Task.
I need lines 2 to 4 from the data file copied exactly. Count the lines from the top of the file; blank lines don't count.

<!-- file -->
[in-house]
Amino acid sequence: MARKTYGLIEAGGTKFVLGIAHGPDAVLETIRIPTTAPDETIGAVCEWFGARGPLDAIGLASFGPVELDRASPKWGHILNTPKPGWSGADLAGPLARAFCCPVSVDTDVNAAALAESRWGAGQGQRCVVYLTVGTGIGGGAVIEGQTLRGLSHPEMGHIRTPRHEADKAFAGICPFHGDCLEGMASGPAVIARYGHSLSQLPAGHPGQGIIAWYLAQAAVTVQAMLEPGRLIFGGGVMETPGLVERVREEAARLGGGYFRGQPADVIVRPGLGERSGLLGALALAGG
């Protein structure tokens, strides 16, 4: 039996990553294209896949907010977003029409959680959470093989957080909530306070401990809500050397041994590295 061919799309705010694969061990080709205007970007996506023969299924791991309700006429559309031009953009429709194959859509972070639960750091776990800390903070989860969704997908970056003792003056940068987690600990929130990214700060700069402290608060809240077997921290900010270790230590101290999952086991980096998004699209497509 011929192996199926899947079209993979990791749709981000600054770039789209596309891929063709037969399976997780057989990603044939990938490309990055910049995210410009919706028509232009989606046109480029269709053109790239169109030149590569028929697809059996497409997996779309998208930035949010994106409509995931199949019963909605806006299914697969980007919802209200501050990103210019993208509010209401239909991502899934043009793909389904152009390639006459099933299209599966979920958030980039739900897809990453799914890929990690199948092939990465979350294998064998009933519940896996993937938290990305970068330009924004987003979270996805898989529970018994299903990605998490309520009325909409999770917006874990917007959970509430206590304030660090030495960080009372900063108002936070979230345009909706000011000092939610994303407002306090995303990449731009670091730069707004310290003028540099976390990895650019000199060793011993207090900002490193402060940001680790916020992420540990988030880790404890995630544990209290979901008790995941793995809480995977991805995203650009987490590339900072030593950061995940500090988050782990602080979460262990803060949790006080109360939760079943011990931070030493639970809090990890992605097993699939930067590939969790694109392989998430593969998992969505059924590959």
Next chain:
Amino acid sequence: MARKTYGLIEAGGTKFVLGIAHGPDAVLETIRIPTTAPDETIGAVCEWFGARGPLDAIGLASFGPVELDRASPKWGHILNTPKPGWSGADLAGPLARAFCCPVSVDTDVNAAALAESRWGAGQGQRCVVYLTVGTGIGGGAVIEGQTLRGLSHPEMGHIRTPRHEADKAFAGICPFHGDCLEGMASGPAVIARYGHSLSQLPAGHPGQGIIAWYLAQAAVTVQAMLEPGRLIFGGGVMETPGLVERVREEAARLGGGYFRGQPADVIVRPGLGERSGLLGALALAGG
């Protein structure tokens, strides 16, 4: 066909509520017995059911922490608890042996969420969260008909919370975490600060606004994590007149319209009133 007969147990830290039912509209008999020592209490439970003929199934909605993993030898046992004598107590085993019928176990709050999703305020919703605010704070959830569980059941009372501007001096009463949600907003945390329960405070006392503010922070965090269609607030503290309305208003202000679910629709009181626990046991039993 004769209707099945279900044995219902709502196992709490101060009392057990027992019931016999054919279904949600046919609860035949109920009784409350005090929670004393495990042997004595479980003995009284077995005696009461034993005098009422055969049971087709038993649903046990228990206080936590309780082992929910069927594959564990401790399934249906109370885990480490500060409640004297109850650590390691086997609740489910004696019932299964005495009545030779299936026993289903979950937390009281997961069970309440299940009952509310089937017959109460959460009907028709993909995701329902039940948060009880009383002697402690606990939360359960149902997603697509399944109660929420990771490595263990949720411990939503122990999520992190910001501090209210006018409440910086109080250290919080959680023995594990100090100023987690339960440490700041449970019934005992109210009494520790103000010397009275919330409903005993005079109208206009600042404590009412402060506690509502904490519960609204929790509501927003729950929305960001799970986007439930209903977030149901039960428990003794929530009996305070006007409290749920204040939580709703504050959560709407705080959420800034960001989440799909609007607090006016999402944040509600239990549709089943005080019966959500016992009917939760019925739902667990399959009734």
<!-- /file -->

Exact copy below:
Amino acid sequence: MARKTYGLIEAGGTKFVLGIAHGPDAVLETIRIPTTAPDETIGAVCEWFGARGPLDAIGLASFGPVELDRASPKWGHILNTPKPGWSGADLAGPLARAFCCPVSVDTDVNAAALAESRWGAGQGQRCVVYLTVGTGIGGGAVIEGQTLRGLSHPEMGHIRTPRHEADKAFAGICPFHGDCLEGMASGPAVIARYGHSLSQLPAGHPGQGIIAWYLAQAAVTVQAMLEPGRLIFGGGVMETPGLVERVREEAARLGGGYFRGQPADVIVRPGLGERSGLLGALALAGG
């Protein structure tokens, strides 16, 4: 039996990553294209896949907010977003029409959680959470093989957080909530306070401990809500050397041994590295 061919799309705010694969061990080709205007970007996506023969299924791991309700006429559309031009953009429709194959859509972070639960750091776990800390903070989860969704997908970056003792003056940068987690600990929130990214700060700069402290608060809240077997921290900010270790230590101290999952086991980096998004699209497509 011929192996199926899947079209993979990791749709981000600054770039789209596309891929063709037969399976997780057989990603044939990938490309990055910049995210410009919706028509232009989606046109480029269709053109790239169109030149590569028929697809059996497409997996779309998208930035949010994106409509995931199949019963909605806006299914697969980007919802209200501050990103210019993208509010209401239909991502899934043009793909389904152009390639006459099933299209599966979920958030980039739900897809990453799914890929990690199948092939990465979350294998064998009933519940896996993937938290990305970068330009924004987003979270996805898989529970018994299903990605998490309520009325909409999770917006874990917007959970509430206590304030660090030495960080009372900063108002936070979230345009909706000011000092939610994303407002306090995303990449731009670091730069707004310290003028540099976390990895650019000199060793011993207090900002490193402060940001680790916020992420540990988030880790404890995630544990209290979901008790995941793995809480995977991805995203650009987490590339900072030593950061995940500090988050782990602080979460262990803060949790006080109360939760079943011990931070030493639970809090990890992605097993699939930067590939969790694109392989998430593969998992969505059924590959």
Next chain: